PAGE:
Indian Wells finally has its windfall.
On Wednesday, the ATP Tour cleared the way for the BNP Paribas Open to award an across-the-board prize money increase that had been hanging in the balance since late last year.
The ATP announced the decision on its website: "Prize money at the 2013 BNP Paribas Open will increase to $5,030,402 following the ATP Board of Directors' approval of Indian Wells' proposed prize money distribution for 2013, the ATP announced on Wednesday. The approval of the prize money distribution leads to more than $860,000 of additional prize money on offer across the men's singles and doubles events for 2013. By virtue of the approval, every player in the men's singles and doubles events will earn above the minimum prize money levels per round established for the tournament."
The decision settles an issue that has been simmering since last fall, when Larry Ellison, the billionaire co-founder of Oracle Corp. and owner of the Indian Wells, Calif., event, offered to boost the purse by $800,000 for this year's tournament, which begins March 4.
But in November the ATP board — made up of three player representatives and three tournament representatives — reached a 3-3 deadlock. ATP executive chairman and president Brad Drewett could have cast the deciding vote but abstained.
According to the ATP, the increase would have violated its prize money distribution formula.
The move infuriated past and present players. It also exposed the convoluted management structure and conflicts of interest that have long vexed the sport.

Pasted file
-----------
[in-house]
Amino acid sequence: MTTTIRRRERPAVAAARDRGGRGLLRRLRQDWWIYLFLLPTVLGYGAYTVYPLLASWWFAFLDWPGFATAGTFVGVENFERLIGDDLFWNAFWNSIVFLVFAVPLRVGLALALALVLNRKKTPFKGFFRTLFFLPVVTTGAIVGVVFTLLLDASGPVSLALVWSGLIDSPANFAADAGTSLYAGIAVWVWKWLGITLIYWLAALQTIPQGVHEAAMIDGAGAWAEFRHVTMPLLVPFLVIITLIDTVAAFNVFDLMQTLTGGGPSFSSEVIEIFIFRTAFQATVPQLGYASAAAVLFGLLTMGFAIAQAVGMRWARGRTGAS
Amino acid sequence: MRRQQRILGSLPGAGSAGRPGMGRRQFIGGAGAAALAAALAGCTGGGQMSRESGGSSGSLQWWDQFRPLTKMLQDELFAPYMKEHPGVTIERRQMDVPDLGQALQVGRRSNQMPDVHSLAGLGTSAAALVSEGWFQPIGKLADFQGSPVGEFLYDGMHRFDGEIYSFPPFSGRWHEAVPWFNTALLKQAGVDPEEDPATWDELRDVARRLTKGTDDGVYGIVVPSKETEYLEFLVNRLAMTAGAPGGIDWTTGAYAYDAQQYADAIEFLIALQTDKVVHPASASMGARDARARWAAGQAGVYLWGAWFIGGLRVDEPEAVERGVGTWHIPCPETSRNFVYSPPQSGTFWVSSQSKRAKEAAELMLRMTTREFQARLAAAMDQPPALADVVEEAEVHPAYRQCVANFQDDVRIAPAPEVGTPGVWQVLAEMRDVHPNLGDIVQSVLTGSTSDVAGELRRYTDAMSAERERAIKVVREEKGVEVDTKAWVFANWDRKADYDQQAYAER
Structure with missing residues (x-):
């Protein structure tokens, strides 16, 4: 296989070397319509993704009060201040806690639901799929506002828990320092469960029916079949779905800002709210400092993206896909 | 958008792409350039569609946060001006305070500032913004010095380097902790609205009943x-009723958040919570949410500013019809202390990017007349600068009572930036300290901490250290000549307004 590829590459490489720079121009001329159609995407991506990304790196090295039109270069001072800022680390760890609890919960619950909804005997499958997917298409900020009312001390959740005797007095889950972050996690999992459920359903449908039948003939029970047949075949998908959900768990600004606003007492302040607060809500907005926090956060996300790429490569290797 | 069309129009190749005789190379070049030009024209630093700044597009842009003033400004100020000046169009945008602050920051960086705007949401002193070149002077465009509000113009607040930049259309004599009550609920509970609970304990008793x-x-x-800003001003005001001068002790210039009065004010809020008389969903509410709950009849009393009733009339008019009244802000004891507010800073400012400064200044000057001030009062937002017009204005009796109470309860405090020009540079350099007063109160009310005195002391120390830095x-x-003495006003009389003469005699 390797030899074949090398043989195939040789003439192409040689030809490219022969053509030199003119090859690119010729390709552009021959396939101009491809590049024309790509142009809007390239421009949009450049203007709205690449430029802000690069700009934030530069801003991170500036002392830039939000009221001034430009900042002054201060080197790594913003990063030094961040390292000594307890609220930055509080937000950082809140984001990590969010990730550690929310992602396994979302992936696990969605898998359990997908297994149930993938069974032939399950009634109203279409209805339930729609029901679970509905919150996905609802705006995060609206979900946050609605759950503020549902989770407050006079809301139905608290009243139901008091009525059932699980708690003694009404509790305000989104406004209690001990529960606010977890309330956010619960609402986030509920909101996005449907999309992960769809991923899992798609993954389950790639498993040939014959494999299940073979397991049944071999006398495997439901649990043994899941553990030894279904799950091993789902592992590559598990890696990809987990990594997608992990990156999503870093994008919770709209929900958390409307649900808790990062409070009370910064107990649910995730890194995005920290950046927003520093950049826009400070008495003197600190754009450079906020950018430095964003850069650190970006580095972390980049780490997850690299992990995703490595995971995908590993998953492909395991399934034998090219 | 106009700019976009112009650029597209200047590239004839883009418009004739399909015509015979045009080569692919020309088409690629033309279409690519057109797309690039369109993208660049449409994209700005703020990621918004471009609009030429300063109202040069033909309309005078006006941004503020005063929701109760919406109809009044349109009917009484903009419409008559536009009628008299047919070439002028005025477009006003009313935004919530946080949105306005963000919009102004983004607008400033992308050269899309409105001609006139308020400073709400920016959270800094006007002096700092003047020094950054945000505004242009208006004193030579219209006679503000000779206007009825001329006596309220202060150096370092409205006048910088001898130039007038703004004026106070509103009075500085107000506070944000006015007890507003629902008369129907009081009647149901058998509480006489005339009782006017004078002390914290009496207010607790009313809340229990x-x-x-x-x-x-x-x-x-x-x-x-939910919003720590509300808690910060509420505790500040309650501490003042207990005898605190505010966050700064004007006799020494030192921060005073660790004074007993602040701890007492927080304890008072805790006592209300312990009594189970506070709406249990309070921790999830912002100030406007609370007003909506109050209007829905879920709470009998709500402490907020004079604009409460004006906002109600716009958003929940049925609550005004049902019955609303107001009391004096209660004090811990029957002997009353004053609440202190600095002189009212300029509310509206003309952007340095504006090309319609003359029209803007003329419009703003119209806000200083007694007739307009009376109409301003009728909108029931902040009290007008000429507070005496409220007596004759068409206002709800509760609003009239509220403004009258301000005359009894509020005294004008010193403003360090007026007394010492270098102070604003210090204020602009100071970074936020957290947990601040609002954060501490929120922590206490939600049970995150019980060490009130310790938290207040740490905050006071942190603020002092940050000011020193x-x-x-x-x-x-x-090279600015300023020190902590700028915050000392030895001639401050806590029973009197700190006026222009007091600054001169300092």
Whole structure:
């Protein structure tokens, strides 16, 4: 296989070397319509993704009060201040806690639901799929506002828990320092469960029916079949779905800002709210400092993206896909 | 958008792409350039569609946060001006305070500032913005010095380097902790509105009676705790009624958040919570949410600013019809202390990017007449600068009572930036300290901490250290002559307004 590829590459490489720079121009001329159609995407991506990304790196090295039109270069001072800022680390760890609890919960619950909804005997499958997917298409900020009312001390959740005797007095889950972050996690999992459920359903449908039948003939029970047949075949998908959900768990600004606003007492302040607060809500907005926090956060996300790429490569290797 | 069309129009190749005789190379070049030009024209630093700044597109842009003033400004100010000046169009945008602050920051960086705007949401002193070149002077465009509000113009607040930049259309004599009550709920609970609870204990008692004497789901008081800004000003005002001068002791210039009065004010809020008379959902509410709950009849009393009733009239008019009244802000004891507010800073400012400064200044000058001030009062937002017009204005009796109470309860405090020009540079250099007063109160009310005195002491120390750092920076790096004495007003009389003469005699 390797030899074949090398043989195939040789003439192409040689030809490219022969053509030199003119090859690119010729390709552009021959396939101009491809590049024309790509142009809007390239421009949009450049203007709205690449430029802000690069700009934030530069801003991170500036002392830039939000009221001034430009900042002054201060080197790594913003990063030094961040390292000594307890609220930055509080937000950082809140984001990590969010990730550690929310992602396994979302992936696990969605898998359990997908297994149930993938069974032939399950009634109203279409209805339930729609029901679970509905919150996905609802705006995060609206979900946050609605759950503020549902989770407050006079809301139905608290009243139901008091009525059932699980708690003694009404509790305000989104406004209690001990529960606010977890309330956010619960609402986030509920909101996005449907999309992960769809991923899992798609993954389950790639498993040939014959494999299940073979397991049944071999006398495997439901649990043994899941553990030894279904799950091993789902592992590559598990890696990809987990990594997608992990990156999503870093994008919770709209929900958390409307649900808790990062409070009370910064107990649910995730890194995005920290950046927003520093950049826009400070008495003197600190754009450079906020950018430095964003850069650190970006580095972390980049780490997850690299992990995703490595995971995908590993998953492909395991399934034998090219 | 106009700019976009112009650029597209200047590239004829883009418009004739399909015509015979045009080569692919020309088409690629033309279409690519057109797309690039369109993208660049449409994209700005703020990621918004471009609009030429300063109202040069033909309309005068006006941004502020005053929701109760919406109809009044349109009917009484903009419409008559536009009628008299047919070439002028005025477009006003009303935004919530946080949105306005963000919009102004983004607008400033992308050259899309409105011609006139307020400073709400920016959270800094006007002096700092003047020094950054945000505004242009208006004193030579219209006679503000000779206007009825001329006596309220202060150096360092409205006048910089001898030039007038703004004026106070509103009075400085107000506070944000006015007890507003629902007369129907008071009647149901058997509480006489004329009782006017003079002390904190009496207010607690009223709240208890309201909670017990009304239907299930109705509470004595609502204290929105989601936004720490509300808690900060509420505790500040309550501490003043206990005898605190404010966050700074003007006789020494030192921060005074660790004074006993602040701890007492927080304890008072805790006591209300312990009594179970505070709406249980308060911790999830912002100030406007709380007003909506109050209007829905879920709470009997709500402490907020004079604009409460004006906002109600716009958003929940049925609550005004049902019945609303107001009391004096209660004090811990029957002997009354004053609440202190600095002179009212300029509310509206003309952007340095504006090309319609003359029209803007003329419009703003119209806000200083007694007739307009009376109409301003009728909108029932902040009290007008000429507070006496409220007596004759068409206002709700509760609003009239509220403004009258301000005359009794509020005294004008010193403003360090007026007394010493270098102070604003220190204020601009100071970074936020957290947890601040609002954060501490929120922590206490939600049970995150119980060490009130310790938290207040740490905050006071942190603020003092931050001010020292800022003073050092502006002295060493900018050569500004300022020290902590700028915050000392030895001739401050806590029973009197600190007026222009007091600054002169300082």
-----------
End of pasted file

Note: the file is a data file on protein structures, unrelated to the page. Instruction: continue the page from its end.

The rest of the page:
"To me, this underlines what is completely wrong with the system," former pro and ESPN commentator Brad Gilbert said Wednesday.
"I'm not going to call it broken," American Ryan Harrison said last week of the ATP. "There is room for improvement."
The prize money issue has reignited debate about the deep divisions within the sport.
The ATP, co-controlled by the players and the tournaments, does not want to set prize money precedents that veer from its model — and could irk other tournaments that would feel diminished in Indian Wells' wake.
At the same time, turning down Ellison, who has poured money into Indian Wells since acquiring it in 2010, fueled player discontent and rapidly became a PR fiasco.
At the SAP Open in San Jose, Calif., last week, several players expressed dismay.
"I think people from other sports reading it are like, 'Wow, that's kinda weird,' " said No. 16 John Isner, the top-ranked American man.
Earlier this month, BNP Paribas Open CEO Raymond Moore told The Desert Sun that he was frustrated by politics blocking the vote. If not passed, he said the tournament would revert to 2011 prize money allocations of about $4.5 million, a sizable cut for players.
The total purse would have been about $5.3 million this year if the board had failed to approve the increase.
"I hope they'll approve it, but I'm not optimistic," Moore said. "There's an inherent conflict of interest with the tournament directors. It's the tournament directors who are blocking it. Why would they want to block it? They want to put the muzzle or the bridle on Indian Wells or the BNP Paribas Open, so we don't outdistance the tournaments around the world. I can't think of another reason to block it."
The BNP Paribas Open also increased prize money last year, then described as a one-time situation. The money, however, was distributed only from the quarterfinals on.
In the months since, the distribution of prize money, mostly for the lower rounds, has been a rallying point for male players. In response, big tournaments such as the U.S. Open and Australian Open have directed a larger percentage of money at earlier rounds in announcing their purses.
Gilbert said Wednesday the Indian Wells situation was a "joke" and "travesty."
He called for tennis to hire a commissioner to oversee the sport and its various governing bodies, which includes International Tennis Federation. The ITF governs the four majors and the Davis Cup and Fed Cup.
He also said players should form a union.
"The system needs to be blown up and changed," Gilbert added. "Maybe then we can rewrite the bylaws because they are antiquated."